Chest wall involvement in bronchogenic carcinomas is observed by approximately 5% to 8% of resectable lung cancer (1). In these cases, patients may present a heterogeneous extent of invasion, ranging from parietal pleura infiltration to full-thickness invasion of the chest wall, with or without the involvement of neighboring anatomic structures such as intercostal space including neurovascular bundle, vertebrae, mediastinal vascular structure, as well as extra-thoracic soft tissues. As a whole, these bronchogenic carcinomas are classified as T3 or T4, depending on the involved structures (2). In such cases, extended resection is needed to maximize the chances of durable disease control (3). Demolition and reconstructive surgery stand as a mainstay in the treatment of non-small cell lung cancer (NSCLC) (Figure 1). Moreover, increasing the use of multimodal integrated treatment, including chemo- and radiotherapy regimen, as well as induction immunotherapy, is expected to increase the number of currently disqualified patients at presentation who can be considered eligible for curative-intent surgery after preoperative treatments.
The prognosis of patients with tumors invading the chest wall and mediastinal lymph node metastasis is poor. The five-year survival rate of T3N0 ranges from 40% to 50% in the different series, but these figures are halved in N1 patients, decreasing to one fifth in N2 patients (4,5).
Different prognostic factors have been consistently reported in the literature for those patients; incomplete resection of the tumor, presence of nodal involvement (especially in the N2 stations), depth of chest wall invasion, among others. Nevertheless, the role of other factors influencing survival is still unclear, and many questions remain partially unanswered, including the effective role of multimodality regimens or the impact of adjuvant chemotherapy or radiotherapy in completely resected chest wall invading NSCLC without nodal involvement (6-9).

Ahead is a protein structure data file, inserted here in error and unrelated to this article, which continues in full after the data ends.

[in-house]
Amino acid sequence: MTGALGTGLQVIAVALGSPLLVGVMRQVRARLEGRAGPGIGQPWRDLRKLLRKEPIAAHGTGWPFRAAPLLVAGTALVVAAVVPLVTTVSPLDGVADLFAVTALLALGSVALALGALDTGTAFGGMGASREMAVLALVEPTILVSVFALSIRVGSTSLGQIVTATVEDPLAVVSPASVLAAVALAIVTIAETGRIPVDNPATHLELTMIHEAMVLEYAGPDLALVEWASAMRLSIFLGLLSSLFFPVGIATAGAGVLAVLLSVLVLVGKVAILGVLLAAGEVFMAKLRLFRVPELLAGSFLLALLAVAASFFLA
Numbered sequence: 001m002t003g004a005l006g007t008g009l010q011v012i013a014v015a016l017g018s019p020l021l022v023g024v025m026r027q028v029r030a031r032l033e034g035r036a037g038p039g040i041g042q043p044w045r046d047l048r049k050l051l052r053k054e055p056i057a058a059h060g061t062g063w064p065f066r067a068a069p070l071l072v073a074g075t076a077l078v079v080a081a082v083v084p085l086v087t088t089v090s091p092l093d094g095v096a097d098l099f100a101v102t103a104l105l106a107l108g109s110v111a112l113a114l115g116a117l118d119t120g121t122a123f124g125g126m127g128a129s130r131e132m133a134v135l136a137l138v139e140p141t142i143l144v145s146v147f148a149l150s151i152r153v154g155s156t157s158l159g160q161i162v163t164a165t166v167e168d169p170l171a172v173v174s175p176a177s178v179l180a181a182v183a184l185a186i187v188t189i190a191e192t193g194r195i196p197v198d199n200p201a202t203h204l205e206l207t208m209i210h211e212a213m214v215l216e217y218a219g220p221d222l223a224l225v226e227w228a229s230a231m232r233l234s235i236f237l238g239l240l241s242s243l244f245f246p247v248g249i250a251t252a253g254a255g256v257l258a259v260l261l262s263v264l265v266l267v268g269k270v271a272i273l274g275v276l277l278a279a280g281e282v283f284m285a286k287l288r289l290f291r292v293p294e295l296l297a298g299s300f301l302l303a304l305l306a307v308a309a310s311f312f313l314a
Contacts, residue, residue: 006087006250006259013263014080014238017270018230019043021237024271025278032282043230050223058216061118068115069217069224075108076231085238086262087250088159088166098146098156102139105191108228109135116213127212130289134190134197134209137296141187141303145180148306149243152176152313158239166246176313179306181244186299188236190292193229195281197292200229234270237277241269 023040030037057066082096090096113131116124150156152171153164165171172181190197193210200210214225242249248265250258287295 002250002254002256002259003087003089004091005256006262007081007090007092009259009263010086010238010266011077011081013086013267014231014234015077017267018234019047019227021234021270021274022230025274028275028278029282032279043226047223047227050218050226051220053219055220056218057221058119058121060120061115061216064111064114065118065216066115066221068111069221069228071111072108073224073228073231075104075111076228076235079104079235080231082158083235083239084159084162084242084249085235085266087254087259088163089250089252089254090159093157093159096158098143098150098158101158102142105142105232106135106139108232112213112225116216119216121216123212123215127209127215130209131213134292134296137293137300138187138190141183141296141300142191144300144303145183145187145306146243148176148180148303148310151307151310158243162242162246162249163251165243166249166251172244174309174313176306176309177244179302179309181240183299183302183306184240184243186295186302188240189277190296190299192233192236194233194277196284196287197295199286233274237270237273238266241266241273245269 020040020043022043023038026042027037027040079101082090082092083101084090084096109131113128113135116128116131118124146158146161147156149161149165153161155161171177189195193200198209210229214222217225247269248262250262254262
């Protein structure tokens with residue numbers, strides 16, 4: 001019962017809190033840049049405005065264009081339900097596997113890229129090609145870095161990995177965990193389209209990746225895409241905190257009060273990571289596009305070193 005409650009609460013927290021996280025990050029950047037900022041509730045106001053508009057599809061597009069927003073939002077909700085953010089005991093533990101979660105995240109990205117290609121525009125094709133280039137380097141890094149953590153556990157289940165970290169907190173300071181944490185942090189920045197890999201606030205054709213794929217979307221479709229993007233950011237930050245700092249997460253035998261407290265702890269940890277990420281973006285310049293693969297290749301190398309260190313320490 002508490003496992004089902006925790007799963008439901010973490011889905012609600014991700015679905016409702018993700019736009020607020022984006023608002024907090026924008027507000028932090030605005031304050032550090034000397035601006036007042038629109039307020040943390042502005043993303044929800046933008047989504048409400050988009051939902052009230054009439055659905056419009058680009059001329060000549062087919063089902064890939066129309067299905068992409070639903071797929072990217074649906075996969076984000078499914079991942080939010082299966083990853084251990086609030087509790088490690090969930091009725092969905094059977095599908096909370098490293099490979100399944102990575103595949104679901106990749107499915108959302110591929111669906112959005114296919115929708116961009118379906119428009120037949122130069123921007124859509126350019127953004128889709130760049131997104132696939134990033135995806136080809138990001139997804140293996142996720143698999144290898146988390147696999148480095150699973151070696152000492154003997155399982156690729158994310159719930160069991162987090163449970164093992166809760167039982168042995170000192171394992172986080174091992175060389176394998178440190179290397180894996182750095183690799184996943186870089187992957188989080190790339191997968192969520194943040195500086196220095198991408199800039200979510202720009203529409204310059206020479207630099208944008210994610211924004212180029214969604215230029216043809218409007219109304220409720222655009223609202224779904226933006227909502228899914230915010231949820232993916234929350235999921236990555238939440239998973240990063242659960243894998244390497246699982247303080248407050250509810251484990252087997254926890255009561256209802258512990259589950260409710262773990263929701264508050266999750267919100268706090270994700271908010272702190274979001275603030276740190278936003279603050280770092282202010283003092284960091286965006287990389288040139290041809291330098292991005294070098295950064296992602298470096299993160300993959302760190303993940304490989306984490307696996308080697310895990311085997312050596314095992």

A review of the literature was performed to identify prognostic factors related to long-term-survival in NSCLC, invading the chest wall.
The most essential and representative prognostic factors in literature are:
Different literature reports agree that lymph-node involvement and pathologic nodal status is the most important prognostic factors (1,5-8,10-22). Five-years survival is impacted, in the examined literature, by the presence of ipsilateral hilar (N1) or mediastinal (N2) lymph-node metastasis, as shown in Table 1.
Completeness of resection
Persistence of tumor tissue after resection and the presence of incompletely resected margins of the specimen represent another significant prognostic factor (8,14,16,19,20). The cornerstone of the surgical treatment is the complete resection (R0) without microscopic (R1) or macroscopic (R2) positive margins. R1/R2 resection is a negative impact factor on the survival of these patients, as shown in Table 2.
Depth of infiltration
Contiguous involvement limited to parietal pleural only, for the invasion of soft tissues with or without ribs involvement and chest wall, influences survival rate. Notably, in several studies (13,14,19) is reported that the diseases with involvement limited to parietal pleura only have a better prognosis than full-thickness involvement. Literature data are exposed in Table 3.
Number of resected ribs
Other authors found that the number of resected ribs is a prognostic factor (1,13,17,21), though it could be considered as an indirect parameter correlated to tumor size: indeed, a diameter > 5cm was associated to the extension of resection, as reported by Lee et al. (20).
Burkhart et al. (15) reported in his study that women had better 5-year survival than men (52.9% vs. 31%, P=0.0122).